Dems ready to slam GOP on Ryan budget

House Democrats intensified their efforts Tuesday to turn the House Republican budget into a weapon against the GOP.

In a series of press conferences, floor speeches, YouTube videos and cable news interviews, the Democrats said the Republicans’ budget plan, unveiled last week by Rep. Paul RyanPaul Davis RyanTrump backs down in rare reversal Trump, GOP launch full-court press on compromise immigration measure Meadows gets heated with Ryan on House floor MORE (R-Wis.), would hurt the poor, women and minorities — all demographics that propelled President Obama back into the White House and helped his party pick up seats in both congressional chambers last year.

Republicans have brushed off the attacks, arguing that the GOP’s message of balancing the budget in just 10 years will appeal to voters more readily than the Democrats’ alternative plans, which don’t prioritize deficit reduction in the short term.

Still, in light of the 2012 election results, the Republicans’ strategy to double-down on their austerity message is a gamble. And Democrats are licking their chops at the thought of running their 2014 campaign around the Ryan budget’s proposed sharp cuts to Medicare, Medicaid and a long list of domestic discretionary programs.

Foreshadowing the coming campaign, the Democratic Congressional Campaign Committee (DCCC) released a YouTube video Tuesday featuring former House Republicans who were defeated last November after the DCCC ran budget-focused ads against them.

“In 2012, Democrats knocked out 16 incumbent House Republicans who voted for the Ryan budget,” the video concludes. “Get ready for more in 2014.”

Ryan’s 2014 budget would eliminate deficit spending in a decade, largely by repealing healthcare coverage expansion under Obama’s reform law, scaling back Medicare benefits and slashing discretionary spending that related to education, research, food safety and a long list of other domestic programs. The budget blueprint does not raise new tax revenue.

GOP leaders have argued that the drastic cuts are necessary to rein in “runaway” federal spending, and they’re banking that voters will agree.

Ryan acknowledged that his budget is similar to the plan he pushed last year as Mitt Romney’s vice presidential pick. But he also suggested that the election results were a reflection not of the GOP’s push for austerity, but of their ineffectiveness selling the austerity message to the public.

“The election didn’t go our way. Believe me, I know what that feels like,” he said last week, unveiling his plan. “That means we surrender our principles? That means we stop believing in what we believe in?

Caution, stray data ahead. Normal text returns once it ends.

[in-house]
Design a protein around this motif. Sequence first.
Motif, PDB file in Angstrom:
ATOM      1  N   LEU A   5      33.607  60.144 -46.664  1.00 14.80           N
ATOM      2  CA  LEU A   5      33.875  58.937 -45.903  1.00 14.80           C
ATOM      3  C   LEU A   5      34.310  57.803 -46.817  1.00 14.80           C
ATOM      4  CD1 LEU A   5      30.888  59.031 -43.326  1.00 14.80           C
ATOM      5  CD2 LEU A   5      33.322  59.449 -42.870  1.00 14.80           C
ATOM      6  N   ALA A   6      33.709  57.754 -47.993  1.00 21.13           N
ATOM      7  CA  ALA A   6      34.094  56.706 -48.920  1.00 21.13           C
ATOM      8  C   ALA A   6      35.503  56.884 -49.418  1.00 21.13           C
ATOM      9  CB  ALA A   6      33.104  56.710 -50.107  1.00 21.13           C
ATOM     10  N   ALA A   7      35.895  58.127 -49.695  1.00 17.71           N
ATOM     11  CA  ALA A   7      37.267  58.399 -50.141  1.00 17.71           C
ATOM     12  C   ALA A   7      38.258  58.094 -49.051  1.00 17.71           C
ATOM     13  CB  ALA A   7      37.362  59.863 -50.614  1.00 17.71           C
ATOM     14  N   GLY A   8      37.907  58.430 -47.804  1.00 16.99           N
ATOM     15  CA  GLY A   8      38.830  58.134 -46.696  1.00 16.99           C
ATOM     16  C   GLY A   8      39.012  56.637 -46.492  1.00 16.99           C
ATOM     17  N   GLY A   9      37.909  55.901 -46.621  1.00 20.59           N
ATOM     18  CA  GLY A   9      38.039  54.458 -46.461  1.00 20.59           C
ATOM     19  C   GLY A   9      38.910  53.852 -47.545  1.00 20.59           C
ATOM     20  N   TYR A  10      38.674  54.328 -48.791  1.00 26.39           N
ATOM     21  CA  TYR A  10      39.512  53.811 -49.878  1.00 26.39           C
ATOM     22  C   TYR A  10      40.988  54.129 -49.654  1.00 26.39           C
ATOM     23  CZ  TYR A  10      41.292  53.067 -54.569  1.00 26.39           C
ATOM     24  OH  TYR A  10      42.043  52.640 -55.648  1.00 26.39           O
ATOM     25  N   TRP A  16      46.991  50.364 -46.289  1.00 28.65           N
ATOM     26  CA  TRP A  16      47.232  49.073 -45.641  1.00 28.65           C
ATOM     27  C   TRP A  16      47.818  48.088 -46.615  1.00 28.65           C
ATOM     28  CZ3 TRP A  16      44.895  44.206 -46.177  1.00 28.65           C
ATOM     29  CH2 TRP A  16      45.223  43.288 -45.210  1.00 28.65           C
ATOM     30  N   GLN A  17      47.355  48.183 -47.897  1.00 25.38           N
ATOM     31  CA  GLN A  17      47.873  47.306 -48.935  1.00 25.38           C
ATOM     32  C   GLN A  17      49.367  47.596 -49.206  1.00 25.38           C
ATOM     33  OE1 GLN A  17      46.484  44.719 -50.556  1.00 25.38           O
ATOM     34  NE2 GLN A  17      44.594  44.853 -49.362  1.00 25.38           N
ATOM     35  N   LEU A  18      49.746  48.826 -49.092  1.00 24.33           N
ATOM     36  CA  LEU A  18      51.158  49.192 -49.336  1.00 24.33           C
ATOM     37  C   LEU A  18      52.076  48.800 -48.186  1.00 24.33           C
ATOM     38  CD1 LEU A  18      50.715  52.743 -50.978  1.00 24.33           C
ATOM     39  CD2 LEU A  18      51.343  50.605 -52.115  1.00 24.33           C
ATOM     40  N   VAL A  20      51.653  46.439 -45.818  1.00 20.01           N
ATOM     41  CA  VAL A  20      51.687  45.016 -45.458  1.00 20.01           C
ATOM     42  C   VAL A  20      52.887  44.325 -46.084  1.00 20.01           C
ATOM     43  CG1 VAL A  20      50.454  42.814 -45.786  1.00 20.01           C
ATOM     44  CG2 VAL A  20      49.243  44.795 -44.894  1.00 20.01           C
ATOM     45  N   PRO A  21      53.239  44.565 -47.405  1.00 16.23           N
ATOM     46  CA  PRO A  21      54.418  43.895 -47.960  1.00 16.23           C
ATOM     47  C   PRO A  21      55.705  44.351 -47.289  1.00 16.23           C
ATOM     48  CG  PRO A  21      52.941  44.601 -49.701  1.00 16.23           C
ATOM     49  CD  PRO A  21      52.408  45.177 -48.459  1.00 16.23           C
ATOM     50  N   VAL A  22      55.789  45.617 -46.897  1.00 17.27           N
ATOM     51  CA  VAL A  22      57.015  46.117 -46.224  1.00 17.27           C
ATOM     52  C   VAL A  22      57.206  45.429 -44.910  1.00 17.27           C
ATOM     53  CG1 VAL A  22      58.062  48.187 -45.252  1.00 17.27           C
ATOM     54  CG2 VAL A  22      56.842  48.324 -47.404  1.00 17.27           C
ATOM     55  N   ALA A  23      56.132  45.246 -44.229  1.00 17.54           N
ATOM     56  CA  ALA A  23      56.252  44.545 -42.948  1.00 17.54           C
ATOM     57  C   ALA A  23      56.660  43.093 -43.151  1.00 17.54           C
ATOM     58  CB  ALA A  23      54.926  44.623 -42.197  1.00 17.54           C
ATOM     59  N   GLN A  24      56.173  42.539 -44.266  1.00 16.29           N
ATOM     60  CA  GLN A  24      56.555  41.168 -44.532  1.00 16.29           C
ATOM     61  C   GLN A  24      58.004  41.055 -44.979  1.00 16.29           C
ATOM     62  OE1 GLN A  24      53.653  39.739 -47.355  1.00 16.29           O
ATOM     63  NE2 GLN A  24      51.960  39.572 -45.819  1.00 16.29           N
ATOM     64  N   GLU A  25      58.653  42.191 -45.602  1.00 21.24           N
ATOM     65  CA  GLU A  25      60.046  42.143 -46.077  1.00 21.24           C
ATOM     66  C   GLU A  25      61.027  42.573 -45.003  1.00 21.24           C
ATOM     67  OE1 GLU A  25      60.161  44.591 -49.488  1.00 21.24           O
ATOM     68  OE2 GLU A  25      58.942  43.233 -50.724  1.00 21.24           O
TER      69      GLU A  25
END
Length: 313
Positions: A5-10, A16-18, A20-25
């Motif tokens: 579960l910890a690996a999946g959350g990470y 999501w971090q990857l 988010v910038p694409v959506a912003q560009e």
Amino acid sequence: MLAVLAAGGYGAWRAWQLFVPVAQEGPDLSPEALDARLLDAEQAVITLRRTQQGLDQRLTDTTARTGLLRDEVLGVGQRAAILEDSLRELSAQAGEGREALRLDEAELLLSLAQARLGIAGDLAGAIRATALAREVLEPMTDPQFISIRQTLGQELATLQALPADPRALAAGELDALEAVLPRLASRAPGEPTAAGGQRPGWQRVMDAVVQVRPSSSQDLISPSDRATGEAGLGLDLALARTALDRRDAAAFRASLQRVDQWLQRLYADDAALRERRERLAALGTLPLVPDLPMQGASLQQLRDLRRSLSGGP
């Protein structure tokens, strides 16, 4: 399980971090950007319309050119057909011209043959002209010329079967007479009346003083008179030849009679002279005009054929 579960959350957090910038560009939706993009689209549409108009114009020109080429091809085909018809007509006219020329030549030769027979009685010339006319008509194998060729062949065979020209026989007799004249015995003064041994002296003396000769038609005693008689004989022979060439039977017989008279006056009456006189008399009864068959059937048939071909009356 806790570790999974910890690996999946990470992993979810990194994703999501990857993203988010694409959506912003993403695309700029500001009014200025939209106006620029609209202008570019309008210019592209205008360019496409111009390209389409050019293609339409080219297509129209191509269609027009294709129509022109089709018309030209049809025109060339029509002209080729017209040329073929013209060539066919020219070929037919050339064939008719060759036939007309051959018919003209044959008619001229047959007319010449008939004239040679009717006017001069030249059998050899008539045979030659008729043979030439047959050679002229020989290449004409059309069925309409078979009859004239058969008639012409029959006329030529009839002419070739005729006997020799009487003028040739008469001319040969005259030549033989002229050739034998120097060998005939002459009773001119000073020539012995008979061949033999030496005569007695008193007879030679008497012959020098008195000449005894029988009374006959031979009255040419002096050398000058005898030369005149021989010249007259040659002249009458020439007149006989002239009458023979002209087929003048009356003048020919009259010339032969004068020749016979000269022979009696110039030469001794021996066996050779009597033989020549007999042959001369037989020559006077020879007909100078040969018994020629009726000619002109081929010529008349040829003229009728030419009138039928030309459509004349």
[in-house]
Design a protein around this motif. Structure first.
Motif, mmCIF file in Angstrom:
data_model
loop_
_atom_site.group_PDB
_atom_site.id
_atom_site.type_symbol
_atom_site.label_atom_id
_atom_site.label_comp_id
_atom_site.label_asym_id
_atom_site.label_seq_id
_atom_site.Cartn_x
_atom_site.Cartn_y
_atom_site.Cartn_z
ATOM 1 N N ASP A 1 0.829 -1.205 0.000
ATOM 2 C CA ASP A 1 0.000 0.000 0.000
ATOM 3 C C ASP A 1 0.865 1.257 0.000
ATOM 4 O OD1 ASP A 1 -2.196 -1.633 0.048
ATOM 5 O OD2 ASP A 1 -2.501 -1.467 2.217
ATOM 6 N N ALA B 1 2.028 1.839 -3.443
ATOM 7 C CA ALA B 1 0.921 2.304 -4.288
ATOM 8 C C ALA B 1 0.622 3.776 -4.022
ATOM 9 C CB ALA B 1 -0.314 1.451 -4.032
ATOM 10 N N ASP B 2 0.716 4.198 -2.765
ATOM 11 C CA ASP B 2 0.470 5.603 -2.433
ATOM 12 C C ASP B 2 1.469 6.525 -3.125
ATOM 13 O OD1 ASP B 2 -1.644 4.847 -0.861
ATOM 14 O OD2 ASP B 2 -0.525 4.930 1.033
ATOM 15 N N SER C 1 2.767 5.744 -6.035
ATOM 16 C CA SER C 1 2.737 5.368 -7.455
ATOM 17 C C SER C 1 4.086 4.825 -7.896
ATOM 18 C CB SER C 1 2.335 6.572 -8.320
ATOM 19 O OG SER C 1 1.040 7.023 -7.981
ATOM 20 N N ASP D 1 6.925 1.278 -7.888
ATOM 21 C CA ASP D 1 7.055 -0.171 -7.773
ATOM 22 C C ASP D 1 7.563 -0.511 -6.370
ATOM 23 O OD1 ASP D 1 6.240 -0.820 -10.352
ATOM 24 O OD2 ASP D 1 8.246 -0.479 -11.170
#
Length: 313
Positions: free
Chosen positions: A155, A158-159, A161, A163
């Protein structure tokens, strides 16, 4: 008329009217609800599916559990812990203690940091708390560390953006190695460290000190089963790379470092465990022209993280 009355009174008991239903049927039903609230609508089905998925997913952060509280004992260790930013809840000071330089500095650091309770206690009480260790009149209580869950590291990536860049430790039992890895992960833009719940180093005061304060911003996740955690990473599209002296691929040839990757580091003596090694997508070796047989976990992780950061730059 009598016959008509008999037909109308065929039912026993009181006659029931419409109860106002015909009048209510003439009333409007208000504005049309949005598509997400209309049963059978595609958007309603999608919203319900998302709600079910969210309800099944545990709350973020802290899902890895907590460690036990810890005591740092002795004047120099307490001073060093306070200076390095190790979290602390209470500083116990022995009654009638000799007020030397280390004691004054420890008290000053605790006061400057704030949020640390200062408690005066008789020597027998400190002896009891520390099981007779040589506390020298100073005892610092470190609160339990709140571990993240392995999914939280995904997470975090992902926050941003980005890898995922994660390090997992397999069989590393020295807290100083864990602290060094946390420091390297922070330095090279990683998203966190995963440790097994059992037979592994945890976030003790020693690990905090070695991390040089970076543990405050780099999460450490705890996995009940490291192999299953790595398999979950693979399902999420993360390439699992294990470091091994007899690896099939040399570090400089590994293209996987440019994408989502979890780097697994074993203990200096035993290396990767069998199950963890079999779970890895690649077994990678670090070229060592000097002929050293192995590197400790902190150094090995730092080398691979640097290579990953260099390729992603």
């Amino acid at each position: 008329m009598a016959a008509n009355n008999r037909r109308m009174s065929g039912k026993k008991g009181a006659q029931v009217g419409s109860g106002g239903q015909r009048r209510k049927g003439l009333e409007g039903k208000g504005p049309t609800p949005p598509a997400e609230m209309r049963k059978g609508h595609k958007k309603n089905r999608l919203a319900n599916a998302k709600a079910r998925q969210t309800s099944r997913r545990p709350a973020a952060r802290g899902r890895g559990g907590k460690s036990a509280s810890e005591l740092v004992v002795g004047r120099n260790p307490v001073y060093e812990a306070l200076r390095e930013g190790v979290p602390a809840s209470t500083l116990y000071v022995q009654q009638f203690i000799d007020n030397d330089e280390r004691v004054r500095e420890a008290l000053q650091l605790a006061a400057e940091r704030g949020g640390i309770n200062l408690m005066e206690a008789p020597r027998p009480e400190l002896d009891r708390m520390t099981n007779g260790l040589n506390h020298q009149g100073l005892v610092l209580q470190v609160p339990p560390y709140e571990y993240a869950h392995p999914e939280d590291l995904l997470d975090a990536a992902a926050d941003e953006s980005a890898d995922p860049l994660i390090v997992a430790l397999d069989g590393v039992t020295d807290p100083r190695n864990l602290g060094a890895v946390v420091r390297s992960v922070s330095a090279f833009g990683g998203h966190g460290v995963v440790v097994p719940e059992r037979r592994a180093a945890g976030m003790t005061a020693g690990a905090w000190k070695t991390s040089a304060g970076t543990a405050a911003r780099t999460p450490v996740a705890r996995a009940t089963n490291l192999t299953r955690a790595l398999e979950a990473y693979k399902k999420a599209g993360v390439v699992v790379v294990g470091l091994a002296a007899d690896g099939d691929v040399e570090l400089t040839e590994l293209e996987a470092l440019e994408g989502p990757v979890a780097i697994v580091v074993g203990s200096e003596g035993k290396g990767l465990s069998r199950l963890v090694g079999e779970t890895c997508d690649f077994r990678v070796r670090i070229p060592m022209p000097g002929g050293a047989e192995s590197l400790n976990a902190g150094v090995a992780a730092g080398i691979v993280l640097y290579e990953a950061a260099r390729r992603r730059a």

“Elections do have consequences,” he added. “This is our offer.” 

Democrats have been on the attack ever since, and with the House preparing to vote on the Ryan budget this week, they’re only amplifying that criticism.

“This new Ryan Republican budget looks a lot like the old Romney/Ryan Republican budget that Americans less than six months ago rejected at the polls in November 2012,” Rep. Xavier BecerraXavier BecerraColorado joins states adopting stricter vehicle emissions standard Overnight Energy: New controversies cap rough week for Pruitt | Trump 'not happy about certain things' with Pruitt | EPA backtracks on suspending pesticide rule EPA backpedals on suspending pesticide rule following lawsuit MORE (Calif.), chairman of the House Democratic Caucus, charged Tuesday.

“The Republican budget is the same baby with a new diaper, and eventually this diaper will have to be changed once again,” echoed Rep. Joseph Crowley (N.Y.), vice chairman of the House Democratic Caucus.

Behind Sen. Patty MurrayPatricia (Patty) Lynn MurrayDemocrats protest Trump's immigration policy from Senate floor IBM-led coalition pushes senators for action on better tech skills training Members of Congress demand new federal gender pay audit MORE (D-Wash.) and Rep. Chris Van Hollen (D-Md.), the Democrats have offered alternative 2014 budget plans that would eliminate the $85 billion sequester cuts, repeal tax breaks on corporations and wealthy individuals and pump tens of billions of dollars into infrastructure projects.

The Democrats are not shy about the fact that their plans would not balance the budget quickly.

“Our highest priority is putting people back to work,” Van Hollen said Tuesday. 

A series of recent polls is sending mixed signals about which strategy the public favors. 

One survey commissioned by the YG Network, a nonprofit policy shop run by a former aide to House Majority Leader Eric CantorEric Ivan CantorThe Hill's Morning Report — Sponsored by CVS Health — Trump’s love-hate relationship with the Senate Race for Republican Speaker rare chance to unify party for election Scalise allies upset over Ryan blindside on McCarthy endorsement MORE (R-Va.), bolsters the Democrats’ argument. It found that voters are more concerned about their own economic security than they are deficit spending by a count of 38 to 20 percent. The poll was conducted by McLaughlin & Associates, a Virginia-based Republican polling firm. 

“It is important to note that ‘economy and jobs’ is almost twice that of ‘deficit and debt,’ ” the poll report reads.

A recent poll by The Hill, however, indicated that voters favor the Republicans’ idea of balancing the budget quickly without tax hikes, versus the Democrats’ plans for a slower approach that includes new tax revenue.

Yet The Hill poll also suggested that voters are less supportive of federal cuts when the details of those cuts are revealed. For example, respondents indicated that they oppose Obama’s decision to scale back White House tours to save taxpayer money.